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There are a lot of things about the past year that workers won’t miss when mass vaccination brings a gradual end to the COVID-19 pandemic. But flexible working arrangements won’t be one of them.
While big banks and other businesses have said they expect their employees to return to the office once it is safe to do so, global technology leaders including Spotify, Twitter, Salesforce and others said their employees will be encouraged to work from anywhere for the foreseeable future.
These tech brands are culturally influential and are known for hiring the best and brightest. As these leaders pioneer increasingly flexible working arrangements, companies of all sizes can be expected to follow their lead.
According to a recent survey from Joblist, 68% of remote workers believe their productivity has increased while working from home. Companies are beginning to see the advantages of giving up expensive real estate and hiring outside of their immediate geographic areas.
The benefits of a remote or hybrid workforce are clear. But how many of these businesses have the resources of a Spotify or a Salesforce? How many HR departments can easily implement sweeping changes to hiring, onboarding, employee engagement and other mission-critical functions?
These are questions worth asking before following the lead of these tech giants and jumping on the work-from-anywhere bandwagon. It’s up to HR leaders to assess whether they have the right technology and resources in place to not just make it happen, but to make the workplace thrive.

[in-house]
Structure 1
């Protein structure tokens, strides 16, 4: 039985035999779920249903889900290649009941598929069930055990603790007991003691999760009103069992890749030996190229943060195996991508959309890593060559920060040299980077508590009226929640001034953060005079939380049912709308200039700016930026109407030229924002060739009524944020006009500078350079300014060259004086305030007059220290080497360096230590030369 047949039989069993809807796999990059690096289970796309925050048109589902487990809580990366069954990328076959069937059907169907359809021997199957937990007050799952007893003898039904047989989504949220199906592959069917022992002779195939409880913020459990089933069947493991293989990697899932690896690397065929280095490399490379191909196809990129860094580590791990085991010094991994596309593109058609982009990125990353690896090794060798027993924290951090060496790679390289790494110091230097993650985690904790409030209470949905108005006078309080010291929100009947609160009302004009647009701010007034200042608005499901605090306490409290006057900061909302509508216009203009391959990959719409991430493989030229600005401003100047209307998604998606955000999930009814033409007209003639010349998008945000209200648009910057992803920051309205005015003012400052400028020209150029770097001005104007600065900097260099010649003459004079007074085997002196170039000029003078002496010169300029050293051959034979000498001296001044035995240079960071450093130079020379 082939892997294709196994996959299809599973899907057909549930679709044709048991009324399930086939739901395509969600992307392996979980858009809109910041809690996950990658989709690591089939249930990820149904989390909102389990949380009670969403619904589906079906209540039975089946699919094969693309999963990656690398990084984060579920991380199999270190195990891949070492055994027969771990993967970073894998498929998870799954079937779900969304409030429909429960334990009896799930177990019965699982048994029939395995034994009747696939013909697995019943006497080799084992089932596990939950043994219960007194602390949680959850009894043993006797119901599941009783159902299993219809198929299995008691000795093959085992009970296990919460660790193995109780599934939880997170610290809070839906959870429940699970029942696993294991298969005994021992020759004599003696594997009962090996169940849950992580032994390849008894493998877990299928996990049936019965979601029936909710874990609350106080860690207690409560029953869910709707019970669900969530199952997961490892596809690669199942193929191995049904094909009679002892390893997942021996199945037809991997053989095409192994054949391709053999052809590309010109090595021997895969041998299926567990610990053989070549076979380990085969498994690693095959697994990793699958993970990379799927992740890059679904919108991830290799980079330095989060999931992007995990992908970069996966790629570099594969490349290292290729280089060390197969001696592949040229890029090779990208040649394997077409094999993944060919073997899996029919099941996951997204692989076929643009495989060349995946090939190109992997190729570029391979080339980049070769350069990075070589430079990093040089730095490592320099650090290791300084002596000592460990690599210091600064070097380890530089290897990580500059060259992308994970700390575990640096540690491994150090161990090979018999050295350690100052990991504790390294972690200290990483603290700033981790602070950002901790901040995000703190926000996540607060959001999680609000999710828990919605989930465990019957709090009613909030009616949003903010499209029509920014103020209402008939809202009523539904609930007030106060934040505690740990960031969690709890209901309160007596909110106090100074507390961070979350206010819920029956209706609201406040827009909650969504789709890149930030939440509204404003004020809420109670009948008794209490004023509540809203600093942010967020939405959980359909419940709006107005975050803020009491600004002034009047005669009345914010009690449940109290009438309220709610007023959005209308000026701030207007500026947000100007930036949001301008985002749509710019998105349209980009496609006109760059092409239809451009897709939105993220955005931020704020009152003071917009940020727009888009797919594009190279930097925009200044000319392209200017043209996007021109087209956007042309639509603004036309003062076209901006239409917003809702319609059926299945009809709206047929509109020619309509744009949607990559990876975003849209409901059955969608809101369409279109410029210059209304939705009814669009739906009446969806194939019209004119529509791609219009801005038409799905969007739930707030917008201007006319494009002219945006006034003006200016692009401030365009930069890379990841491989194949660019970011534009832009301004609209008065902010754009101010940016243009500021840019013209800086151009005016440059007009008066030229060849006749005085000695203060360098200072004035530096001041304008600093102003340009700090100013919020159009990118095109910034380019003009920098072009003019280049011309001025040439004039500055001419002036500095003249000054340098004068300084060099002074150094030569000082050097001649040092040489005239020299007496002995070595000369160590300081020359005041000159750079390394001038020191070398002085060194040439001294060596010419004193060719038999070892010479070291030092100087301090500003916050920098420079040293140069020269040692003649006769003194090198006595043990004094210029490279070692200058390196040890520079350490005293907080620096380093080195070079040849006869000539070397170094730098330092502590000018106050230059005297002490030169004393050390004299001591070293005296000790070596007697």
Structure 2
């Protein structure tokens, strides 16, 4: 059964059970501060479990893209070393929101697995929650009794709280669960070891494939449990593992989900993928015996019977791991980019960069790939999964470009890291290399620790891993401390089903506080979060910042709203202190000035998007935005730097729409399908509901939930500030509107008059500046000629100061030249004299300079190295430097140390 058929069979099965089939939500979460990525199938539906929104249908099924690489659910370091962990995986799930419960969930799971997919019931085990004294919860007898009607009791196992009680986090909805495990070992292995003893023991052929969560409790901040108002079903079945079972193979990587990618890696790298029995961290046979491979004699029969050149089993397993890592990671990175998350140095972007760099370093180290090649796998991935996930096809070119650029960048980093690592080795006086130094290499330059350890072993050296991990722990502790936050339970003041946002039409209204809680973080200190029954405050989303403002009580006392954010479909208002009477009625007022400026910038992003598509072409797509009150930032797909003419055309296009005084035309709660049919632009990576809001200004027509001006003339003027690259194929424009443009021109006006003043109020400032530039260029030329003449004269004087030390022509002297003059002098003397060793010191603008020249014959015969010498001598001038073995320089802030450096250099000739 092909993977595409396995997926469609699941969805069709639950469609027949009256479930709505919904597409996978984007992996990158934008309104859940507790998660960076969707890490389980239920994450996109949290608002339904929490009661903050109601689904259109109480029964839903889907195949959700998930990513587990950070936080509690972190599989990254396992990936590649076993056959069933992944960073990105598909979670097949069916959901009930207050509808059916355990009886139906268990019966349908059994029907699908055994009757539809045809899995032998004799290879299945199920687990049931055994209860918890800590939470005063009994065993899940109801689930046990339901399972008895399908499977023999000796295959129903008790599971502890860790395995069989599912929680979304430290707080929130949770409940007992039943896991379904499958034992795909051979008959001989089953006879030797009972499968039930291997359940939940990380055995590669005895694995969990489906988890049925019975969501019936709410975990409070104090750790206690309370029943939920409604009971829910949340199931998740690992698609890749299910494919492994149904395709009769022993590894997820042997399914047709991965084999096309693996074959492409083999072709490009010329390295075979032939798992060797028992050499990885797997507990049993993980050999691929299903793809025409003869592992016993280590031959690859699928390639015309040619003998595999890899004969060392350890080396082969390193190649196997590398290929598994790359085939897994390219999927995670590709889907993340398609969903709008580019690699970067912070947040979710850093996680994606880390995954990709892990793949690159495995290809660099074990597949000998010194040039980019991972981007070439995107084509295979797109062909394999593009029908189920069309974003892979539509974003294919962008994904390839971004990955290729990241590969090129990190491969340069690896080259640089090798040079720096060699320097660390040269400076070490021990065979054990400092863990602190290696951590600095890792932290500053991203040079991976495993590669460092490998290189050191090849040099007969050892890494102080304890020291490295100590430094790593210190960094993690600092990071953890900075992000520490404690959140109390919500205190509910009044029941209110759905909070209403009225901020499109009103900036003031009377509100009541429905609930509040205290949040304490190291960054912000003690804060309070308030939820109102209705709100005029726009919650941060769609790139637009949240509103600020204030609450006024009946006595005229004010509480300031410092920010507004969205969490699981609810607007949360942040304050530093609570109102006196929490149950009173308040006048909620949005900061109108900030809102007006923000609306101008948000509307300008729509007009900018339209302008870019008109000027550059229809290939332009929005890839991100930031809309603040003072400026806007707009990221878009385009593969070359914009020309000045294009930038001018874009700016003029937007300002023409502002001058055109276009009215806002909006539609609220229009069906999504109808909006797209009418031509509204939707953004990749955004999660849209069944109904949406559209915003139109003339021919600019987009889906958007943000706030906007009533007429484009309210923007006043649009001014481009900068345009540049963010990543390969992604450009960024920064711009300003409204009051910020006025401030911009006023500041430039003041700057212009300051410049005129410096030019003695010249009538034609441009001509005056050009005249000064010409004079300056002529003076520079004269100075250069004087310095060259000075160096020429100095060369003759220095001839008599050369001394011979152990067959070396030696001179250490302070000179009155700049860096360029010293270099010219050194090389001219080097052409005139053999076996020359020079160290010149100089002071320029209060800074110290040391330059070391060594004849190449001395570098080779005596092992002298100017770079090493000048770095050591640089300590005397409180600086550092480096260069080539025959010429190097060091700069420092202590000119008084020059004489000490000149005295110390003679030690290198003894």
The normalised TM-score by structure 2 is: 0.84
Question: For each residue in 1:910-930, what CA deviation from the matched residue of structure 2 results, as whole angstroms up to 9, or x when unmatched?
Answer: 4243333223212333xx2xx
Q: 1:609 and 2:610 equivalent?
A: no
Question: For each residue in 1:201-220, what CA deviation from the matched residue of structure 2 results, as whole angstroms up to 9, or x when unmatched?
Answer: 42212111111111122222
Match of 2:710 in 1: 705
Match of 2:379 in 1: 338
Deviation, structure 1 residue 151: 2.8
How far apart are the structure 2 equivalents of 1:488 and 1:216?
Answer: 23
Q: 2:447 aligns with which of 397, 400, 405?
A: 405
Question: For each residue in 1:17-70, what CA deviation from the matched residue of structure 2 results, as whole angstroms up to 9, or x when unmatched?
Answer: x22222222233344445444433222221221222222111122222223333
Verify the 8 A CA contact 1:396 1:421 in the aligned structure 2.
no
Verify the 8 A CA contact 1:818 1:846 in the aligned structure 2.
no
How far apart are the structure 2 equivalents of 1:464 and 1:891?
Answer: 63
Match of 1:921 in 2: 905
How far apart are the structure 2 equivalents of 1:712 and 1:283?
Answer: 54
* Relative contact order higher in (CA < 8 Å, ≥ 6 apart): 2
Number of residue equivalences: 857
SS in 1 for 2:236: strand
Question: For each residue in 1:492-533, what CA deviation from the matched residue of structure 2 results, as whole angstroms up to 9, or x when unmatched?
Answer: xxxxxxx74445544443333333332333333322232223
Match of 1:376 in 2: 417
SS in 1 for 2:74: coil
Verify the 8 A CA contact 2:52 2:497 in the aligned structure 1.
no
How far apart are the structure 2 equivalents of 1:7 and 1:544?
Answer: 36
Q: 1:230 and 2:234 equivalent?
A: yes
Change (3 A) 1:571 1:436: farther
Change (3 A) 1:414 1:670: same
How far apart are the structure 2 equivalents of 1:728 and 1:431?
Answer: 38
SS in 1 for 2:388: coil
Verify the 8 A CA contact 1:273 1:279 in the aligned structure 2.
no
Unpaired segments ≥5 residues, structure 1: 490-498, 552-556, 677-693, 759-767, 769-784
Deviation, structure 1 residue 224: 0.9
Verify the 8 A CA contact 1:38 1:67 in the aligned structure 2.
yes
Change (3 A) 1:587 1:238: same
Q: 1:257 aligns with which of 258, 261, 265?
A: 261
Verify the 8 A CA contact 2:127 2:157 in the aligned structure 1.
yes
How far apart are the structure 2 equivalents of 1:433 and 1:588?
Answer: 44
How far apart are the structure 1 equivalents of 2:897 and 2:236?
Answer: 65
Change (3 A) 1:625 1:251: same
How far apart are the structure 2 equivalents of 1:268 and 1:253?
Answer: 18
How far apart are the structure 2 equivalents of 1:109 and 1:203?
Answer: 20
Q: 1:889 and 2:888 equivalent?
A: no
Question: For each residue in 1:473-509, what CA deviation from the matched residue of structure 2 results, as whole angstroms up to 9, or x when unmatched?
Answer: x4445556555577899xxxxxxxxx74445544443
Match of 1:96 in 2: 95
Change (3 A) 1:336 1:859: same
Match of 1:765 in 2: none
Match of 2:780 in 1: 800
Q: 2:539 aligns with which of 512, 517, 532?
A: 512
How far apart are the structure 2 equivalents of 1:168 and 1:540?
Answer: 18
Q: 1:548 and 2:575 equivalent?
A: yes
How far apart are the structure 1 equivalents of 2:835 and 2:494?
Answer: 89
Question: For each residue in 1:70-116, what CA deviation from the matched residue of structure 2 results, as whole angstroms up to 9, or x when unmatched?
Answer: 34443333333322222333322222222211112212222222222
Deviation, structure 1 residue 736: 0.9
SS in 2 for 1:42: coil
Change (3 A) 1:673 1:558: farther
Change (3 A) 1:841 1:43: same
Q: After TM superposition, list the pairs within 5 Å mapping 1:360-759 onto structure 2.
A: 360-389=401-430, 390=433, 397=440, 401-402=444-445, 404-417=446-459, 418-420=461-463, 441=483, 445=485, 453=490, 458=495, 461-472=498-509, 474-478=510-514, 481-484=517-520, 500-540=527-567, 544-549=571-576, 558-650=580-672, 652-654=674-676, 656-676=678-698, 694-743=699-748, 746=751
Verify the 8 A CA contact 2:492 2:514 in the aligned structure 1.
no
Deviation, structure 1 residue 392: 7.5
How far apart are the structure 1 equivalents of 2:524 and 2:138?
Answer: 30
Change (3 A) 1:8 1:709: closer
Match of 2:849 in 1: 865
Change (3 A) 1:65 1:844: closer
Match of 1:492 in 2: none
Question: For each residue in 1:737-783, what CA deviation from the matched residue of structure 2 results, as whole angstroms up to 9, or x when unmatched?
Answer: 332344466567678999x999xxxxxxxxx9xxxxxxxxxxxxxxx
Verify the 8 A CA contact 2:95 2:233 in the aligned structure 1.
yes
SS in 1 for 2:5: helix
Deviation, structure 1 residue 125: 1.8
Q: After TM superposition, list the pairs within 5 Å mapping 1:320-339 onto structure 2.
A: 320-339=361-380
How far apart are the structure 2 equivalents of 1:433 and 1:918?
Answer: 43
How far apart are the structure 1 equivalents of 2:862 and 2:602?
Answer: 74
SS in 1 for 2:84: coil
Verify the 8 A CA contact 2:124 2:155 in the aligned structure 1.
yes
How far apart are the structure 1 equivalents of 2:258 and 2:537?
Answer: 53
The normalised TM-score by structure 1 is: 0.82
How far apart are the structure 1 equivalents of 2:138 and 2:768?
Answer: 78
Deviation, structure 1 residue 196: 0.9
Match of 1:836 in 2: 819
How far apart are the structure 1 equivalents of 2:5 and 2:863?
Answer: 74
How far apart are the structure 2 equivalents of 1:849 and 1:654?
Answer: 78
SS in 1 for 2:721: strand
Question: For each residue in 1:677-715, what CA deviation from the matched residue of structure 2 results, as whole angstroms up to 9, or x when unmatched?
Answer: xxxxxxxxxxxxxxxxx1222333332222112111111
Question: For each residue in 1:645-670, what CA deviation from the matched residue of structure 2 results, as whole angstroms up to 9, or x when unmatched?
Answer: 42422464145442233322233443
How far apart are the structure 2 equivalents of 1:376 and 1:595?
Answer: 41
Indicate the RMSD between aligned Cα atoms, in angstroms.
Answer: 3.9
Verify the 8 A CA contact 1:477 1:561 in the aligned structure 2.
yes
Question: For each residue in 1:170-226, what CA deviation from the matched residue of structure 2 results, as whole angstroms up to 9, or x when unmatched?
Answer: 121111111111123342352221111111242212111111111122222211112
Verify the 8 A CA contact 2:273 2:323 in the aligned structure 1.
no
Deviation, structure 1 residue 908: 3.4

A Series of Challenges
HR professionals have responsibilities that vary company by company, but the commonalities include hiring and recruiting, training and development, compensation and benefits, employee relations and legal compliance. It’s a lot to juggle, even in normal times. And these are anything but normal times.
Work from anywhere means culture and team building are a very different challenge. Conversations by the coffee machine can no longer happen which means employees do not get to know their peers as well. This can make it harder to communicate in tough situations when you don’t have a relationship with others in the office.
It’s important to remember that work from anywhere also means hire from anywhere. As companies increasingly hire across state lines and international borders, they are fishing from a much larger talent pool. That means every HR function stands to change dramatically.
A business practice that is perfectly acceptable in one country could be against the law or a social taboo in another. A procedure that is simple in the U.S. might be a complex, multi-step process elsewhere.
Many countries have city, regional and national regulators and government agencies imposing statutory or regulatory filing requirements, which can make compliance in overseas locations a daunting task.
Social taxes and benefits entitlement also differ significantly country by country, as do requirements for opening bank accounts. This can quickly complicate payroll. Which country to bill from — the home country or overseas office — in what currency, and who bills whom are just a few of the hurdles to surmount.